Another year, another effort to repeal Obamacare.
House Republicans are starting off 2016 with a renewed legislative push to roll back the president's landmark health care legislation, with proposals to defund Planned Parenthood tacked onto the bill.
"As Congress returns next week, in one of our first acts of the new year, the House will vote on a bill that would eliminate key parts of Obamacare and stop taxpayer funding for abortion providers such as Planned Parenthood," Rep. Vicky Hartzler, R-Missouri, said in a video released Saturday. "If this bill becomes law, patients will be able to choose a health insurance plan that works for them -- without Washington getting in the way."
The Missouri Republican, who sits on the House Budget Committee, points to rising health insurance costs as a reason to target the individual mandate of the Affordable Care Act (ACA).
Obamacare "forces people to buy insurance that's much more expensive than what they need," Hartzler said. "And when you force millions of people to buy expensive and unaffordable insurance, it's not that surprising to see premiums going up. Deductibles are going up too -- all while people's choices are disappearing."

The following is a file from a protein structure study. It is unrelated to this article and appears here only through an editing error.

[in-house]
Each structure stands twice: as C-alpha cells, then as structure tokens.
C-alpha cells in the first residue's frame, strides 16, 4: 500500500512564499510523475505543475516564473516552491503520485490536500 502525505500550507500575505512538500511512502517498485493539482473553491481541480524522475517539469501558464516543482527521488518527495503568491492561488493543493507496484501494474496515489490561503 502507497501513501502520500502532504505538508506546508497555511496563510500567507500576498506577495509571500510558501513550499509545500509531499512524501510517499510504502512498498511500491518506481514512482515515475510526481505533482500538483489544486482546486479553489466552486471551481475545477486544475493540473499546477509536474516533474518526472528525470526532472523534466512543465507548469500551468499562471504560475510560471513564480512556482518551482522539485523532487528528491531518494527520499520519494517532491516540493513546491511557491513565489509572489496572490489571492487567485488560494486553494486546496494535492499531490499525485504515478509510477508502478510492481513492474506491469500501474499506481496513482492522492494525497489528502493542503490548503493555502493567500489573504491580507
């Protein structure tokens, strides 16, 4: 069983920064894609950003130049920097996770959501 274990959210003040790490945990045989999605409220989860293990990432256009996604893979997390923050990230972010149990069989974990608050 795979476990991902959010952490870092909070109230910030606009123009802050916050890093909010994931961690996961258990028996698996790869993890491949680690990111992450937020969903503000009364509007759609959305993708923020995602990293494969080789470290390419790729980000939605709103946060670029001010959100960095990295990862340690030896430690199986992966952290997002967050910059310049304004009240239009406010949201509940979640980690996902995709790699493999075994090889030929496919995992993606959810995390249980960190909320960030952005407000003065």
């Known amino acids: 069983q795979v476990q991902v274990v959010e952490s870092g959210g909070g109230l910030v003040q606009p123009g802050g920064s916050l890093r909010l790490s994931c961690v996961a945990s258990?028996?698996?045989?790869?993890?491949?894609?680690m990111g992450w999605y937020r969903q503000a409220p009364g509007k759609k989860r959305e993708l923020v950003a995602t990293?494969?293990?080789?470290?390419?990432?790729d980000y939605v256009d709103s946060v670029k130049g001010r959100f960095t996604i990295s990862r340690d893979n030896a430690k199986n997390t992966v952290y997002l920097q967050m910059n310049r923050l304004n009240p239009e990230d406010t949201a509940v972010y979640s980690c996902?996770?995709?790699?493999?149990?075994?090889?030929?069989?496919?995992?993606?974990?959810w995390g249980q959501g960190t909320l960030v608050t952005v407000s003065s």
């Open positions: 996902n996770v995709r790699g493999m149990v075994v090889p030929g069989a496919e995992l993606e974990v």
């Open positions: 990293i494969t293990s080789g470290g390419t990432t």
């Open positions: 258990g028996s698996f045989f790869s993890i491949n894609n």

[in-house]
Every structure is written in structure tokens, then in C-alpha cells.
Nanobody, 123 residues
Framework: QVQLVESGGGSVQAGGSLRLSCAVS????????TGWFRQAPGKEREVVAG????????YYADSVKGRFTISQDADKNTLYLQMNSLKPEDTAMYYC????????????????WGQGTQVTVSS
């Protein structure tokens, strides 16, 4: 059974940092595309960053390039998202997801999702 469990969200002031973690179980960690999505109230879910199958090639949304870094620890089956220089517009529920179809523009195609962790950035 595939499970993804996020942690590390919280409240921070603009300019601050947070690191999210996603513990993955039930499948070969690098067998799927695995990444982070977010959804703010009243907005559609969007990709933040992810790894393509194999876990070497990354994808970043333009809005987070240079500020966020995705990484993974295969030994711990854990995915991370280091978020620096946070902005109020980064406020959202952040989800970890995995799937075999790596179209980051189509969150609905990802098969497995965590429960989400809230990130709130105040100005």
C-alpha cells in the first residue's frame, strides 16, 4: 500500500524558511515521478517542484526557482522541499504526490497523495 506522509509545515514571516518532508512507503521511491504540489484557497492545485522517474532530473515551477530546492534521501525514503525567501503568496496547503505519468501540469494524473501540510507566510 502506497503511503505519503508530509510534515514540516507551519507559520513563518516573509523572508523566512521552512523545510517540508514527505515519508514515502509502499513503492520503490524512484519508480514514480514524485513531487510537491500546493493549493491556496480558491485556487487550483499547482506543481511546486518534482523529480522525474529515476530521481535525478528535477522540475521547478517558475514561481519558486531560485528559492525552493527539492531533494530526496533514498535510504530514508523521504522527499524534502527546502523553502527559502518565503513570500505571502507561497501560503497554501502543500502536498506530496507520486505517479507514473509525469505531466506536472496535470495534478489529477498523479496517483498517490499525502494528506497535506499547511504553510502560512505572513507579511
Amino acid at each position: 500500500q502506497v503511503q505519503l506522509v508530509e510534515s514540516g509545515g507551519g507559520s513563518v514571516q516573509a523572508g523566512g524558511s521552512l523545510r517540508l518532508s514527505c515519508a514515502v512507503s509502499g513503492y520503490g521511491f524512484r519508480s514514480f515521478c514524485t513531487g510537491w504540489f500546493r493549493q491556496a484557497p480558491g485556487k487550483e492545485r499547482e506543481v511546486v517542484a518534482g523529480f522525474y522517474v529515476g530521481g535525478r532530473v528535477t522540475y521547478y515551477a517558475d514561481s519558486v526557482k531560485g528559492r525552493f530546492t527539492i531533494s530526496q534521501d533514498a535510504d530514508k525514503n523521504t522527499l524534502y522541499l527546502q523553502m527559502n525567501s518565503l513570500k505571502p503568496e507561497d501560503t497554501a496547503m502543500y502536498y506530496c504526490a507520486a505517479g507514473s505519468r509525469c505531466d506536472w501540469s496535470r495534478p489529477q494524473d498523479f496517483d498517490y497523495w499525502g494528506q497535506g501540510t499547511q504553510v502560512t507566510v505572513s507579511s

Hartzler promised that the bill, which would eliminate the individual mandate as well as the employer mandate to offer insurance, would be sent directly to the president's desk via the reconciliation process, avoiding the chance of congressional Democrats filibustering the legislation.
The bill also takes aim at federal funding for Planned Parenthood -- a fight Republicans have renewed with vigor since last summer, when an anti-abortion group released undercover videos of Planned Parenthood employees discussing controversial procedures like fetal tissue transfers.
According to Hartzler, the legislation places a "moratorium on taxpayer funding to abortion providers" for one year and uses some of that money to fund other community health centers.
"We have taken many votes to preserve health care choices and protect precious tax dollars in the House," she said. "If the president didn't hear the people's voices earlier, hopefully, he will through this bill."
The Senate passed similar legislation last month, narrowly voting through a bill crafted under the budget reconciliation process that repeals major parts of the ACA.
The Missouri representative also added a message for the people of her state, extending her thoughts and prayers to those affected by severe weather events over the last week.
"Missouri is experiencing extensive flooding as are other states. Families across the South are picking up the pieces of their lives after being devastated by tornadoes. Ice and snow have caused power outages in multiple states. It wasn't the holiday week we were expecting, but there is help," Hartzler said. "If you are affected, I urge you to reach out to your U.S. representative's office, state and local authorities, or the federal and state emergency management agencies for resources to deal with the aftermath. While the assistance can't undo the damage, it can help get you on a path to recovery so 2016 can be a new year with new hope."